Diaspora fundraising               


Some key aspects of my life have led to an interest in diaspora fundraising. A few years ago, I was fortunate enough to work on a project in Armenia looking at the possibility of scaling up fundraising activities across all types of income sources and activities. Armenia has a significant and active diaspora population, and this was a key aspect of our findings and recommendations. I have also been fortunate to live overseas whilst regularly visiting my home in the UK, so know at first hand the connections and feelings of being away from your country of origin.

In my role as Director of Development and Alumni Relations at a UK university I saw how the overseas alumni wanted to interact and engage with the university, seeking to keep alive and support their experience they had enjoyed in the country and at the university. And finally, having enjoyed many years of travelling and working internationally experiencing different cultures, you realize that connections with our past are important to us, whoever you are, wherever you are.

All these life experiences have generated for me an interest in diaspora fundraising which I believe, as the world becomes a smaller place and potentially driven by the current COVID-19 global health crisis, can actually play an important role for many charities.

Here are some quick insights and tips to consider:

  • Members of diaspora communities want to give back to their own countries, but your cause also needs to inspire them beyond the country connection. Diaspora giving is neither novel nor emerging, but it is easier than ever for donors to support causes in their countries of origin.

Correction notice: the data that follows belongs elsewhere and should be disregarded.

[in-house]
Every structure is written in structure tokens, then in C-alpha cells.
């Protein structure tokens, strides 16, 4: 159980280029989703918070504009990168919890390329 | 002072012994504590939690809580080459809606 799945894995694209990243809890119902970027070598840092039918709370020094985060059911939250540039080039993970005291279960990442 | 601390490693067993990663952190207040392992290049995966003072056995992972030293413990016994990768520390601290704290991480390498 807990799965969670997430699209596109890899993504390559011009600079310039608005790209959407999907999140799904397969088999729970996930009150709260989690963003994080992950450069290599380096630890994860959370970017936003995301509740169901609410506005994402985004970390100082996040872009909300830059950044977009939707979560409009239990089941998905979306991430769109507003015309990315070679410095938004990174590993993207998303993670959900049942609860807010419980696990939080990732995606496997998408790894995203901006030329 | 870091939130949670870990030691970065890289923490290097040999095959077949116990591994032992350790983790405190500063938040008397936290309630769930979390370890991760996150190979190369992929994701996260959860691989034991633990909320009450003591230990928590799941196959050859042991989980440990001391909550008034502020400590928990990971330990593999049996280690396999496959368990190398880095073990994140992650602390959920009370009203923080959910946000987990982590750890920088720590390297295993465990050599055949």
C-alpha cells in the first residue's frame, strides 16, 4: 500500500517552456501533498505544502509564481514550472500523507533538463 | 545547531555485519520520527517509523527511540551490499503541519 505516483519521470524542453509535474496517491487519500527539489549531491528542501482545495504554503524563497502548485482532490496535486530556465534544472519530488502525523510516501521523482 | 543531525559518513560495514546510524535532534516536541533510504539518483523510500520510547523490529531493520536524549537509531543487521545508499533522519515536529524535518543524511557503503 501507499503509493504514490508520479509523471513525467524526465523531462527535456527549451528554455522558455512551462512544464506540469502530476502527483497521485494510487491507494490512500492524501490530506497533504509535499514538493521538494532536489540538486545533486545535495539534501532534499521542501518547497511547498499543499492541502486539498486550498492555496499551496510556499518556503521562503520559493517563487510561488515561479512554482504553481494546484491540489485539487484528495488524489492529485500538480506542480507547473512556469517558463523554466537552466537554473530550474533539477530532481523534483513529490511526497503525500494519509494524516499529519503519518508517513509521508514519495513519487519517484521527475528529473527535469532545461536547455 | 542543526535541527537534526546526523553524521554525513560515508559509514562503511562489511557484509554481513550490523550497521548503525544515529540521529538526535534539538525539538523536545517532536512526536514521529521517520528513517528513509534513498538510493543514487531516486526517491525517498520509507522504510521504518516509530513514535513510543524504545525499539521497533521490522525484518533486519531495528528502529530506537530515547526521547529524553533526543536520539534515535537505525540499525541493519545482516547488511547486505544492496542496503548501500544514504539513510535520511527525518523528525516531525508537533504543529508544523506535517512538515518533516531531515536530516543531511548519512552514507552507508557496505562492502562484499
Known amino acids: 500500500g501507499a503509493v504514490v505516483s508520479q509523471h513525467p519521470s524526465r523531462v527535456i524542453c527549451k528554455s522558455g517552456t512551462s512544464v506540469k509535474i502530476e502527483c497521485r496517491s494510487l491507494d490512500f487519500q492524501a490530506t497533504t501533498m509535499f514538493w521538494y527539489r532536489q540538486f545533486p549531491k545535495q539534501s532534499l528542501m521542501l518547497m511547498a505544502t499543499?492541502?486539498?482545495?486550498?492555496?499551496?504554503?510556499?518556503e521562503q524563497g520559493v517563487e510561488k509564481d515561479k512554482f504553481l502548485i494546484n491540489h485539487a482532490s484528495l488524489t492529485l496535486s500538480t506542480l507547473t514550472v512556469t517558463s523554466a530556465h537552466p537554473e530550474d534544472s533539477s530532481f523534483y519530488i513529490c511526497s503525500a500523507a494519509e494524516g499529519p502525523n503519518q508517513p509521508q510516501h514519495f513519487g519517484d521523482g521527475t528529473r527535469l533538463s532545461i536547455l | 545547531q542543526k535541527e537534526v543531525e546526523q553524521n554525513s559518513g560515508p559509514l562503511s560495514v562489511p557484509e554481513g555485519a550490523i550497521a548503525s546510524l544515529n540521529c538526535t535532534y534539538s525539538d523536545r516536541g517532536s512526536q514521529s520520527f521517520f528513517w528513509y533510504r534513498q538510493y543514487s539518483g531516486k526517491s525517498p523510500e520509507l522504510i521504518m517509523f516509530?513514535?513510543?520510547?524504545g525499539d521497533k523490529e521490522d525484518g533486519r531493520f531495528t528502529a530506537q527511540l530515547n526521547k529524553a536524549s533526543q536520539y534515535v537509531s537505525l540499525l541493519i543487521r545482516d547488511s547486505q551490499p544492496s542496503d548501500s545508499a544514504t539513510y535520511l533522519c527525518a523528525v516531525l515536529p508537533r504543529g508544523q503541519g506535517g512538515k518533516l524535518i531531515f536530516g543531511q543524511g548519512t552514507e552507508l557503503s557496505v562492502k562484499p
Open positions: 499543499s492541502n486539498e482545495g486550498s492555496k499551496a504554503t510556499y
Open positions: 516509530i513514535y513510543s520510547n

• Online methods are cost-effective and efficient ways to reach these niche communities using social media platforms, email, targeted banners, microsites, virtual events and crowdfunding sites.

  • Look at opportunities to link into global corporates through partnerships that enable you to access connections with specific diaspora communities for a campaign. For example, PricewaterhouseCoopers has extensive employee and alumni engagement programs and a partnership with them could create a great opportunity to reach out through their networks to reach specific diaspora communities.

  • Communication globally, and the sending of monies across different currencies and countries, has become extremely easy with internet, mobile phones and technology in general. Recent innovations in banking such as Revolut are really pushing the boundaries and creating new opportunities to receive and send money.

  • Giving from diaspora has gone way beyond small gifts from first generation migrants, and with the emerging trends of Generation Z who are now in the workplace, enjoying global mobility and outlook, the potential to garner support will only accelerate, but you will need to consider how you engage them and inspire their support.

  • If you have international offices, work with them to reach the diaspora communities, tailoring campaigns that connect and inspire them in your country offices. There are published figures for numbers of diaspora in certain countries. There are hubs of communication activities both online and in print being used to reach these communities, leveraging new and existing channels of communication.

  • Tap into the relevant Diaspora Foundations and Associations that have the networks and understanding of their audiences.

Diaspora fundraising occupies a unique position in the ever-evolving and shifting landscape of philanthropy, and its relevance to Canada is significant, given the country’s rich and diverse ethnic and cultural mix. More and more people are operating at an international and local level. New actors are bringing new approaches to address and meet societal ideas.


Michelle Sorrell is Associate Consultant with THINK Consulting Solutions.
Click here to meet Michelle.